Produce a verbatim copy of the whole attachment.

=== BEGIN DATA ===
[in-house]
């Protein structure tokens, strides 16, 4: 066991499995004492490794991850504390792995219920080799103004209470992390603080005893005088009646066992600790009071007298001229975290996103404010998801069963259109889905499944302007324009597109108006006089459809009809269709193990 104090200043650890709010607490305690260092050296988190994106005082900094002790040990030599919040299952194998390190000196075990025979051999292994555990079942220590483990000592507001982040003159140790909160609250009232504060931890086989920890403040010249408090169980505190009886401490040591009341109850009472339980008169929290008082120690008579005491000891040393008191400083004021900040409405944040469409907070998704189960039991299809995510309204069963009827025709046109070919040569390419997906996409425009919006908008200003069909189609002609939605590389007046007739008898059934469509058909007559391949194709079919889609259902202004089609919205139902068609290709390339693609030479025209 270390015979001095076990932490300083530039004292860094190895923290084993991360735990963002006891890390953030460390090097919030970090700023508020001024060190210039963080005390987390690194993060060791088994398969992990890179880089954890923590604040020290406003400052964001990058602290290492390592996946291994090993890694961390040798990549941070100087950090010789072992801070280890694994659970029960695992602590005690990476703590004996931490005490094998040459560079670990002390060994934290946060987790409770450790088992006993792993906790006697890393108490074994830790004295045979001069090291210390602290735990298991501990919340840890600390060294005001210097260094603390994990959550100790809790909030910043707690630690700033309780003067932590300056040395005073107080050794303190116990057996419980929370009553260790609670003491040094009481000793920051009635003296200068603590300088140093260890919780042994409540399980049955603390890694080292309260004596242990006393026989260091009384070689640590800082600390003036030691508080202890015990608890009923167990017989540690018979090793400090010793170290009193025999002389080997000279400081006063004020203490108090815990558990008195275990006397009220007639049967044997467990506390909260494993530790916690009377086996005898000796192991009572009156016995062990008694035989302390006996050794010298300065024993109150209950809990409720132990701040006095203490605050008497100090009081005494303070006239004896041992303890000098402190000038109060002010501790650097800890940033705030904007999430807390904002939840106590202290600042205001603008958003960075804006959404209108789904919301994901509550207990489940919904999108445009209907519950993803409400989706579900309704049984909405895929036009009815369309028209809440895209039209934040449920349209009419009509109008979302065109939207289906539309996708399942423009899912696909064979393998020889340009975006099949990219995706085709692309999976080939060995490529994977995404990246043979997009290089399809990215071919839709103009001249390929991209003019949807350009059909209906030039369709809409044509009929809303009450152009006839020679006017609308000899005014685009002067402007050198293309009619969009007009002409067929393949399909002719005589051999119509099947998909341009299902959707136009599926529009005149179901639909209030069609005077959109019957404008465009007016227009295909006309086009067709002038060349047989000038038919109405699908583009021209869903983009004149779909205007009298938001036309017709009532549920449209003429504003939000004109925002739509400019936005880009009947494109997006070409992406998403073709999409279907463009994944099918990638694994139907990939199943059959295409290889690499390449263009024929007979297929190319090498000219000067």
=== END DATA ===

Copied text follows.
[in-house]
């Protein structure tokens, strides 16, 4: 066991499995004492490794991850504390792995219920080799103004209470992390603080005893005088009646066992600790009071007298001229975290996103404010998801069963259109889905499944302007324009597109108006006089459809009809269709193990 104090200043650890709010607490305690260092050296988190994106005082900094002790040990030599919040299952194998390190000196075990025979051999292994555990079942220590483990000592507001982040003159140790909160609250009232504060931890086989920890403040010249408090169980505190009886401490040591009341109850009472339980008169929290008082120690008579005491000891040393008191400083004021900040409405944040469409907070998704189960039991299809995510309204069963009827025709046109070919040569390419997906996409425009919006908008200003069909189609002609939605590389007046007739008898059934469509058909007559391949194709079919889609259902202004089609919205139902068609290709390339693609030479025209 270390015979001095076990932490300083530039004292860094190895923290084993991360735990963002006891890390953030460390090097919030970090700023508020001024060190210039963080005390987390690194993060060791088994398969992990890179880089954890923590604040020290406003400052964001990058602290290492390592996946291994090993890694961390040798990549941070100087950090010789072992801070280890694994659970029960695992602590005690990476703590004996931490005490094998040459560079670990002390060994934290946060987790409770450790088992006993792993906790006697890393108490074994830790004295045979001069090291210390602290735990298991501990919340840890600390060294005001210097260094603390994990959550100790809790909030910043707690630690700033309780003067932590300056040395005073107080050794303190116990057996419980929370009553260790609670003491040094009481000793920051009635003296200068603590300088140093260890919780042994409540399980049955603390890694080292309260004596242990006393026989260091009384070689640590800082600390003036030691508080202890015990608890009923167990017989540690018979090793400090010793170290009193025999002389080997000279400081006063004020203490108090815990558990008195275990006397009220007639049967044997467990506390909260494993530790916690009377086996005898000796192991009572009156016995062990008694035989302390006996050794010298300065024993109150209950809990409720132990701040006095203490605050008497100090009081005494303070006239004896041992303890000098402190000038109060002010501790650097800890940033705030904007999430807390904002939840106590202290600042205001603008958003960075804006959404209108789904919301994901509550207990489940919904999108445009209907519950993803409400989706579900309704049984909405895929036009009815369309028209809440895209039209934040449920349209009419009509109008979302065109939207289906539309996708399942423009899912696909064979393998020889340009975006099949990219995706085709692309999976080939060995490529994977995404990246043979997009290089399809990215071919839709103009001249390929991209003019949807350009059909209906030039369709809409044509009929809303009450152009006839020679006017609308000899005014685009002067402007050198293309009619969009007009002409067929393949399909002719005589051999119509099947998909341009299902959707136009599926529009005149179901639909209030069609005077959109019957404008465009007016227009295909006309086009067709002038060349047989000038038919109405699908583009021209869903983009004149779909205007009298938001036309017709009532549920449209003429504003939000004109925002739509400019936005880009009947494109997006070409992406998403073709999409279907463009994944099918990638694994139907990939199943059959295409290889690499390449263009024929007979297929190319090498000219000067």